The Care and Feeding of Your 505
How to Treat Your 505 So it Stays Fast and Holds its Value
Updated 19 August, 2002
Every now and then I see a mistreated 505 in a dinghy park and am appalled at how it has been left. Sometimes an owner has lost interest (and should probably sell the boat to someone who will race it and take better care of it), sometimes new owners simply have not learned some of the tricks to taking care of a 505. Your 505 will be faster and will retain more value, longer, if you take a little care with it.
Leave Portholes and Drain Bungs Open When Not Actually Sailing the Boat
Just about the last thing you should do before launching, and almost the first thing you should do when the boat is back ashore, is close or open the portholes and drain bungs. Always leave the boat with the drain bungs open and the portholes open, so the tanks can dry out. Obviously you want them closed before you put the boat in the water. Moisture is terrible for boats; both polyester and wood will soak up water if water remains on their surfaces for extended periods of time. I have seen finishes lifted of foredecks, core become waterlogged, boats gain weight, and more, from leaving moisture in the tanks, held in by sealed tanks. Even if the tank is perfectly dry, and perfectly sealed consider what may happen in changing temperatures, and the resulting suction or pressure on the tank.
Prop Boat Bow Up so it Drains
Prop up the boat so that it drains. I prefer to prop the bow up high so that it drains out of the transom drains, and frequently stick a piece of carpet under the transom and raise the boat until the transom touches the carpet. I use a saw horse or short step ladder to rest the front of the trolley on. Some people prop the bow lower such that the boat drains out of the aft Elvstrom bailer. I also normally leave the aft bailer open.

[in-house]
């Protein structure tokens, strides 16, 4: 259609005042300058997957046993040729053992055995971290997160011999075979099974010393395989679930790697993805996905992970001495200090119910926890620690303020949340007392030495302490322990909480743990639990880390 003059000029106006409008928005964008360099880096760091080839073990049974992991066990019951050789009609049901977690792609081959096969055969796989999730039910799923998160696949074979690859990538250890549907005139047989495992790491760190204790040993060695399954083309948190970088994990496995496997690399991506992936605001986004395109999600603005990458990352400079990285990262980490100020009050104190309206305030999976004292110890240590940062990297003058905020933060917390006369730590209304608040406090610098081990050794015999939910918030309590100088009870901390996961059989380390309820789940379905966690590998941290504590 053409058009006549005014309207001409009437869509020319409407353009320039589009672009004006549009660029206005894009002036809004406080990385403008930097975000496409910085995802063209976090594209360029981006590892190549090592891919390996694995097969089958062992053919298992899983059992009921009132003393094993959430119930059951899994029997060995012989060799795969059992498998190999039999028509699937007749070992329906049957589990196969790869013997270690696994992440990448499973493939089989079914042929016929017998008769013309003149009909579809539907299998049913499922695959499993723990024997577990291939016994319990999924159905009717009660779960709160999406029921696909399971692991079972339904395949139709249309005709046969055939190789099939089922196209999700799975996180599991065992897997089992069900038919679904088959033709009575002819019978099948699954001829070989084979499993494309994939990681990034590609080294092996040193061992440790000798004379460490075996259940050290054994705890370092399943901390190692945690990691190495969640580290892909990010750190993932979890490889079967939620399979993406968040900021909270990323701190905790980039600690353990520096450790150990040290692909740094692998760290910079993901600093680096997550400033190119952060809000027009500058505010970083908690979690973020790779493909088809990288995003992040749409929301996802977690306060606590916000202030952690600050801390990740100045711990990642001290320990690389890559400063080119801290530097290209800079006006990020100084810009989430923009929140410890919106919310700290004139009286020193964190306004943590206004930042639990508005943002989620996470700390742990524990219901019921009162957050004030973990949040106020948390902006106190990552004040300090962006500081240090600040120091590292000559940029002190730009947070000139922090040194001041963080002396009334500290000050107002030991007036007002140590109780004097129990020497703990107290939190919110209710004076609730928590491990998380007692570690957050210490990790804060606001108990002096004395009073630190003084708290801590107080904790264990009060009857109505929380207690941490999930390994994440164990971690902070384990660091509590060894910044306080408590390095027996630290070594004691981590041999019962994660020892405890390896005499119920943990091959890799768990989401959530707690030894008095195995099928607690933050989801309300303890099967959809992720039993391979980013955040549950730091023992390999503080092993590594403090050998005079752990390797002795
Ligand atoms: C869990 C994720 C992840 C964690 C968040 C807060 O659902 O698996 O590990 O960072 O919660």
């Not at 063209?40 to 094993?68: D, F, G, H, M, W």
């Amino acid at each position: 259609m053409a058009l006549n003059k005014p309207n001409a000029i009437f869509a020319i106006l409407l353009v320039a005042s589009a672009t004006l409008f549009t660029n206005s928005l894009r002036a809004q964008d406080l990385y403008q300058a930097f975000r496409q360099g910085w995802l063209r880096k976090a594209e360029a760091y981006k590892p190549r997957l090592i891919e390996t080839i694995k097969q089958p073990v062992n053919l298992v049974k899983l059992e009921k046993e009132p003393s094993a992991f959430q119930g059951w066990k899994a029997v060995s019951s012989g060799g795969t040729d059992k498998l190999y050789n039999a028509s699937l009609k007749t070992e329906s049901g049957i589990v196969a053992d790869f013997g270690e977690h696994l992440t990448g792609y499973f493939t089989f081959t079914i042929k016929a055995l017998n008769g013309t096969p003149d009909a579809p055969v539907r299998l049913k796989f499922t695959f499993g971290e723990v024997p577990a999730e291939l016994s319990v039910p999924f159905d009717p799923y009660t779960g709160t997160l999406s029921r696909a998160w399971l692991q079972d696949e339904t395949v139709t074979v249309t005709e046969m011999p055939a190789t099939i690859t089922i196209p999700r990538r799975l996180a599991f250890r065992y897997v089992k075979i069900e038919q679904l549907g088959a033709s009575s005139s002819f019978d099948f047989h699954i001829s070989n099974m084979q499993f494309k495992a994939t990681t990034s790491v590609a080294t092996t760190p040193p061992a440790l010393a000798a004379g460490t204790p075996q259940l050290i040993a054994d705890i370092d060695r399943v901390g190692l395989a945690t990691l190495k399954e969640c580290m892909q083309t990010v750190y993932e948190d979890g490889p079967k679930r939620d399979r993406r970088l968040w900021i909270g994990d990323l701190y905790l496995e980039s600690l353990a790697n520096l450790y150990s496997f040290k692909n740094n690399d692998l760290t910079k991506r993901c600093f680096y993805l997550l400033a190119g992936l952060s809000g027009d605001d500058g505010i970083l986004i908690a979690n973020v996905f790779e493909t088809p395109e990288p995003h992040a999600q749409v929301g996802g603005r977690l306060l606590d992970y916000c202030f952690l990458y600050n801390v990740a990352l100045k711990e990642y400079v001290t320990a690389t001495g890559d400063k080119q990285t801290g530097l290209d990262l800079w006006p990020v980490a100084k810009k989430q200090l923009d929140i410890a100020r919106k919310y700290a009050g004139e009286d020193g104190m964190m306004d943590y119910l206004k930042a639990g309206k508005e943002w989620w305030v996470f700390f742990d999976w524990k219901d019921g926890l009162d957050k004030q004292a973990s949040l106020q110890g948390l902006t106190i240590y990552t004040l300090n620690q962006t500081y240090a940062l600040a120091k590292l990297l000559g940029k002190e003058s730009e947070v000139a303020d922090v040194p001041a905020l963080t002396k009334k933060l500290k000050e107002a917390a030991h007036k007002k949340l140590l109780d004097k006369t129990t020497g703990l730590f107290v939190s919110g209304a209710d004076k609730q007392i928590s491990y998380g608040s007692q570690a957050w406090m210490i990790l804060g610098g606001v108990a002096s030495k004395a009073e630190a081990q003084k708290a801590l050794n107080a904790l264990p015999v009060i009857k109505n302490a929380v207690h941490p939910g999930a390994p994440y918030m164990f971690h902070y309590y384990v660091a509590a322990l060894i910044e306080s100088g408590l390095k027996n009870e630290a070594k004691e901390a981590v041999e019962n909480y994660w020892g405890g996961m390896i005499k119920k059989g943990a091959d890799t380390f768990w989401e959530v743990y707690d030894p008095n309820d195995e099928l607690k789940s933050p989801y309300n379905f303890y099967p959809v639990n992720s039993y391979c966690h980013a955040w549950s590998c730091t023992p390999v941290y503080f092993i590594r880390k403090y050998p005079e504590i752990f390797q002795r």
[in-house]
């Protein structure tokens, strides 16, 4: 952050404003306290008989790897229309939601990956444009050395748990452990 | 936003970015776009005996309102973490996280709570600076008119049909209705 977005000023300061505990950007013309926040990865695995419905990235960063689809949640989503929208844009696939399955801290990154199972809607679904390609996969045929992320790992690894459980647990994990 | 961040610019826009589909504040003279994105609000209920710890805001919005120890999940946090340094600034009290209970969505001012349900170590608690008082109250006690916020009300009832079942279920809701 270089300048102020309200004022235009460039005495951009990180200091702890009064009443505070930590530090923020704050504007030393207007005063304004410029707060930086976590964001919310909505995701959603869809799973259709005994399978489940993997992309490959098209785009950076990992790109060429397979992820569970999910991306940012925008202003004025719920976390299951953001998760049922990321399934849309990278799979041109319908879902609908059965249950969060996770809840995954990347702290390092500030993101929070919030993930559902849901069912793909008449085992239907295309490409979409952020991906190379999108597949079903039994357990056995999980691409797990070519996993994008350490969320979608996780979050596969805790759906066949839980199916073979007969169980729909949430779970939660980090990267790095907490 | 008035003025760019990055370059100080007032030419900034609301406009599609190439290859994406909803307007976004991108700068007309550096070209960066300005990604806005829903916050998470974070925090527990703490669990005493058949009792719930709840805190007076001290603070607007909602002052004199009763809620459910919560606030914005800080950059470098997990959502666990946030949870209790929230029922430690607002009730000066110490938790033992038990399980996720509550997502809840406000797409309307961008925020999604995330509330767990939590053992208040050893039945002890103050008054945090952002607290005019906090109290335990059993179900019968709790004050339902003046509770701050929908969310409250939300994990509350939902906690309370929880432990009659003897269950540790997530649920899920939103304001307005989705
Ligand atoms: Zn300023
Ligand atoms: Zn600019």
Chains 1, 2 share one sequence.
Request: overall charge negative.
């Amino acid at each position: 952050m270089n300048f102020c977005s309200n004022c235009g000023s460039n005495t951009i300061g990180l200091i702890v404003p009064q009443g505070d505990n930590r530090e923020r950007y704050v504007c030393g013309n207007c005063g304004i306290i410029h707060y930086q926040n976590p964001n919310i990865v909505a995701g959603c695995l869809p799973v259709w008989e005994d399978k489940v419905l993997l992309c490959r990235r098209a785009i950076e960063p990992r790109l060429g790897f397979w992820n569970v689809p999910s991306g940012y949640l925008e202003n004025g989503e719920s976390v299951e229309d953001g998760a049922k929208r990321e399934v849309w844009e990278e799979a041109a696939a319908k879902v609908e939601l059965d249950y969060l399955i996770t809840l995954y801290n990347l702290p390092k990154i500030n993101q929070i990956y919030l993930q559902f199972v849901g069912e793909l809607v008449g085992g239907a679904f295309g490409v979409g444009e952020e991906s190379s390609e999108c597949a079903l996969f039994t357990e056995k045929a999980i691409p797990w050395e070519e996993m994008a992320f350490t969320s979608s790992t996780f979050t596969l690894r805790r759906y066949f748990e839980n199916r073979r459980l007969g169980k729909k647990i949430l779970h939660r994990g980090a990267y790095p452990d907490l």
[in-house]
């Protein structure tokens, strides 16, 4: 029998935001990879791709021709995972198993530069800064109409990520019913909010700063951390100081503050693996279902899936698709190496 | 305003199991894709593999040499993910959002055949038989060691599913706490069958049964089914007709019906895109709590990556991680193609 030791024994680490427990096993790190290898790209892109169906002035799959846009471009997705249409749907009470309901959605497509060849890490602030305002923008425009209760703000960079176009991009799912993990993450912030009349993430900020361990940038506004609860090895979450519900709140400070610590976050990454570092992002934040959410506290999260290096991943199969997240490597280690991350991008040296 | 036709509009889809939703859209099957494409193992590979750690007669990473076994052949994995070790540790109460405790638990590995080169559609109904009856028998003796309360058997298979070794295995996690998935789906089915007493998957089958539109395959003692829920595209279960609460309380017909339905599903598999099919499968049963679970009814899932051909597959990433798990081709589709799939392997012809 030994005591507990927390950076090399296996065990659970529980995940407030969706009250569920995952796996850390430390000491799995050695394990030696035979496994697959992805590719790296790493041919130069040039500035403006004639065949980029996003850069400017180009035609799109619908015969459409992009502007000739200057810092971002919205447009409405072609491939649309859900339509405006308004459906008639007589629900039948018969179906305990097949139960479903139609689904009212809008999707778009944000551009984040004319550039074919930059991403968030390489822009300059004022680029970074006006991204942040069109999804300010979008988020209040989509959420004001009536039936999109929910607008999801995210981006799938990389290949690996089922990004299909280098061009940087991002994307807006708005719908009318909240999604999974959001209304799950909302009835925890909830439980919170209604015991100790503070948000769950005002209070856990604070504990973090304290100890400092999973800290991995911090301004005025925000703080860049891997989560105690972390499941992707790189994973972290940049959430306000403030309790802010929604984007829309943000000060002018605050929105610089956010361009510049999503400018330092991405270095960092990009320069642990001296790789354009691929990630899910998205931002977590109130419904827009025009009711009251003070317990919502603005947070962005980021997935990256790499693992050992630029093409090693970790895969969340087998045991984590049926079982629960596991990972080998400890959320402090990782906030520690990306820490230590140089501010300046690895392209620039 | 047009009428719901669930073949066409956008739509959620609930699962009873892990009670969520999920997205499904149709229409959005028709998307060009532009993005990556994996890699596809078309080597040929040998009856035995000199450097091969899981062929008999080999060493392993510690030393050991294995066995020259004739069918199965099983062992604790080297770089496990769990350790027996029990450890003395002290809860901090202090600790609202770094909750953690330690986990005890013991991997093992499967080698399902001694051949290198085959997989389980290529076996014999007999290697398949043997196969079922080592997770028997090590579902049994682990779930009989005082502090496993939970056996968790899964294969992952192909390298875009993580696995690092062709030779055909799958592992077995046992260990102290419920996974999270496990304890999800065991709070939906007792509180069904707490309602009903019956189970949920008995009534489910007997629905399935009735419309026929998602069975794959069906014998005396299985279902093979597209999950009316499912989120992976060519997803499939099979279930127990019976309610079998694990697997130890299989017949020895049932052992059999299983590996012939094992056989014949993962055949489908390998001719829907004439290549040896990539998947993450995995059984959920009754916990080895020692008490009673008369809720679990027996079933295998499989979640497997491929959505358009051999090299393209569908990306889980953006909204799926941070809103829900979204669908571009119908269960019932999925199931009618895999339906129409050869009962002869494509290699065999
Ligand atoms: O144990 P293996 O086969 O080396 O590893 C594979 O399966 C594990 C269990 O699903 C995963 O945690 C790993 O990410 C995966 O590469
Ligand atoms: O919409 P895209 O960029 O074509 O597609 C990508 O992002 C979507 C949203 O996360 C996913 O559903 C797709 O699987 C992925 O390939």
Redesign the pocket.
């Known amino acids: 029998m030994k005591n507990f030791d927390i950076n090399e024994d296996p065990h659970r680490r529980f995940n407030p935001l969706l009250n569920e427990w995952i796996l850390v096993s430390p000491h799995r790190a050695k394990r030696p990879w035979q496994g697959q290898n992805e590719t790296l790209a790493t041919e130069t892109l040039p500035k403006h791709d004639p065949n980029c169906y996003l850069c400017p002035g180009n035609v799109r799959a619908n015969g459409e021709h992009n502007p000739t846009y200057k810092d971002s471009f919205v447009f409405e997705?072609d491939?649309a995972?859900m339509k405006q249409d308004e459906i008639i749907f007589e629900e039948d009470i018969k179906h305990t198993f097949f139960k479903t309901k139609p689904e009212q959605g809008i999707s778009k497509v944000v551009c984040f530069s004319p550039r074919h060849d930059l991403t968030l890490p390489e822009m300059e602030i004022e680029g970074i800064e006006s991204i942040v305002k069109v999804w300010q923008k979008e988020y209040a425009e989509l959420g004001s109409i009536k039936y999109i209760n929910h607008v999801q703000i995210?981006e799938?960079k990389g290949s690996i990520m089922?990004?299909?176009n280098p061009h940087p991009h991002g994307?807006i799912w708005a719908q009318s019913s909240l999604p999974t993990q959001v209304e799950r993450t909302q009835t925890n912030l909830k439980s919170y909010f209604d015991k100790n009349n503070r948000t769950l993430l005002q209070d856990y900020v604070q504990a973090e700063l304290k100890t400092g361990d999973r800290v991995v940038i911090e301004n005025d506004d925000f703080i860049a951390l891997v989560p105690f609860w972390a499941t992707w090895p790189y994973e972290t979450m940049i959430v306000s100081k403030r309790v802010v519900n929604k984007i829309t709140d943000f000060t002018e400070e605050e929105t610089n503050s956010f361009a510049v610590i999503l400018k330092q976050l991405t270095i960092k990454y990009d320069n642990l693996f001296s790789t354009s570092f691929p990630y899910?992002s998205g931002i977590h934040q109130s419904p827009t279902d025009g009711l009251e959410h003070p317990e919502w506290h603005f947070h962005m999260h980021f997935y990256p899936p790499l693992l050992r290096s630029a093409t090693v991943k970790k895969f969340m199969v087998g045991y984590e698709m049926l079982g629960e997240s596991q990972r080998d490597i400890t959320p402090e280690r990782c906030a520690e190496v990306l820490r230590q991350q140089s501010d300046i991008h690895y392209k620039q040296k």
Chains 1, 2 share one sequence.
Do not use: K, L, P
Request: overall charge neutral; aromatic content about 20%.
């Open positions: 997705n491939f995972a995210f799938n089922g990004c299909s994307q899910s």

Keep Small Loose Gear In One Place
Keep the hatches, drain bungs and other loose gear in one place, so you know they will always be there. On my bag boat I keep all this stuff in the starboard spinnaker bag.
Roll Sails and Leave In Boat
I normally leave the mainsail on the boom, if I will be sailing the boat again soon. I roll up the main from the head, perpendicular to the luff, so that it ends up in a roll parallel to the boom. I also roll the jib up, put it inside the jib bag, and leave that in the boat. I would take a good spinnaker out of the bag or launcher spread it out to dry, and then fold it, but an older spinnaker can stay in the bag. For a launcher boat and a no-longer-new spinnaker, leave the halyard, retrieval line and sheets attached, pull the spinnaker out of the tube and spread it on top of everything else in the cockpit. This allows both the spinnaker and the launcher tube to dry out. UV damage should not be a problem if you have a good top cover.
Take Care With the Bottom at the Transom
Many older 505s have been damaged -- and some left un repaired -- at the transom. The boats touched the ground when they were being wheeled about on their trolley and some of the gelcoat or paint has worn away. As above, I leave the boat propped up with carpet jammed underneath the transom at centerline, and take care when wheeling it about on its trolley to avoid dragging the back of the boat on the ground. If you do damage this area, repair it. It does not do the water flow over the rudder any good, to have turbulence induced just before the surface water hits the rudder blade.
Ensure the Centreboard is not Sticking Out Below the Bottom of the Centreboard Trunk